Robots are starting to collaborate with human workers in factories, offering greater efficiency and flexibility.
- By Will Knight on September 16, 2014
Sometime in the next couple of years, if everything goes to plan, workers at BMW's manufacturing plant in Spartanburg, South Carolina, will be introduced to an unusual new teammate—a robot arm that will roll around handing them tools and parts as they assemble the German carmaker's luxury vehicles.
Once isolated behind safety fences, robots have already become safe and smart enough to work alongside people on a few manufacturing production lines. By taking over tiresome and repetitive tasks, these robots are replacing some people. But in many situations they are augmenting the abilities of human workers—freeing them to do tasks that require manual dexterity and ingenuity rather than extreme precision and stamina. These robots are also increasing productivity for manufacturers and giving them new flexibility.
BMW introduced robots to its human production line at Spartanburg in September 2013. The robots, made by a Danish company called Universal Robots, are relatively slow and lightweight, which makes them safer to work around. On the production line they roll a layer of protective foil over electronics on the inside of a door, a task that could cause workers repetitive strain injury when done by hand, says Richard Morris, vice president of assembly at the Spartanburg plant. Existing industrial robots could perform this work, and do it much more quickly, but they could not easily be slotted into a human production line because they are complicated to program and set up, and they are dangerous to be around.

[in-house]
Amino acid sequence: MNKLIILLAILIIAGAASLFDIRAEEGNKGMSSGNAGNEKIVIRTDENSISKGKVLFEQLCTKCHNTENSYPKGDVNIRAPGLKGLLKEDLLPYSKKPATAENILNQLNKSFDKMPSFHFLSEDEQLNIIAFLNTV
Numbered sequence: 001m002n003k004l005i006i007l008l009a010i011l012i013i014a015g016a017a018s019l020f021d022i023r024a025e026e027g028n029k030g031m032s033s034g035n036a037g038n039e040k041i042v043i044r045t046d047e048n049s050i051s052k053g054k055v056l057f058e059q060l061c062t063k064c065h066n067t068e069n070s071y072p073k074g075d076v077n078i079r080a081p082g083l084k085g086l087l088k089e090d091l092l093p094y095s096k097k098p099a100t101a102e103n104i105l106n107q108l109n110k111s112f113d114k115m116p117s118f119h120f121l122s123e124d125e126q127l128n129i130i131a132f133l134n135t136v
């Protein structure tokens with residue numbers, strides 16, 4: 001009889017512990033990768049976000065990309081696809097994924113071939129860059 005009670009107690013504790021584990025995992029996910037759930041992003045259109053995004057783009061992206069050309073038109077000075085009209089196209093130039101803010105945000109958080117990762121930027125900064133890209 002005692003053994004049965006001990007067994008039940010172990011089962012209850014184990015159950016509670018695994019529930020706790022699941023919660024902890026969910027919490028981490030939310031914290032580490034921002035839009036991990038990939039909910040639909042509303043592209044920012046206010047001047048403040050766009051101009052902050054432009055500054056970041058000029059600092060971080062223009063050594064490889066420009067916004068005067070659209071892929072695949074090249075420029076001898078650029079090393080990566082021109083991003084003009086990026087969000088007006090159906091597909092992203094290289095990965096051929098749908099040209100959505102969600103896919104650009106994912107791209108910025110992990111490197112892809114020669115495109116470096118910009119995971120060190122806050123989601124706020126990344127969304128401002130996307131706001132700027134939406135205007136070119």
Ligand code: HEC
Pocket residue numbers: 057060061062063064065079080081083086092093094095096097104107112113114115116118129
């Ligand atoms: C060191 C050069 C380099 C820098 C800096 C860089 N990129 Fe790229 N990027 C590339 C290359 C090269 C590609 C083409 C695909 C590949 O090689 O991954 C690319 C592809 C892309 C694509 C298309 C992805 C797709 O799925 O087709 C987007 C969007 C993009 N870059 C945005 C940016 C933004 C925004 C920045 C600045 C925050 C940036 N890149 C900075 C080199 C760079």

While the prospect of increased automation will inevitably cause worries about disappearing jobs, BMW's Morris can't foresee a day when robots will replace humans entirely on the factory floor. "Ideas come from people, and a robot is never going to replace that," he says.
Reduction in workers' idle time when they collaborate with robots
Still, robots on human production lines at BMW and other manufacturers promise to transform the division of labor between people and machines as it has existed for the past 50 years. The more traditional robots that apply paint to cars, for example, work with awesome speed, precision, and power, but they aren't meant to operate with anyone nearby. The cost of setting up and programming these robots has helped ensure that plenty of small-batch manufacturing work is still done by hand. The new robots, with their ability to work safely next to human coworkers, let manufacturers automate parts of the production process that otherwise would be too expensive. And eventually, by collaborating with human workers, the robots will provide a way to combine the benefits of automation with those of human ingenuity and handcraft.....
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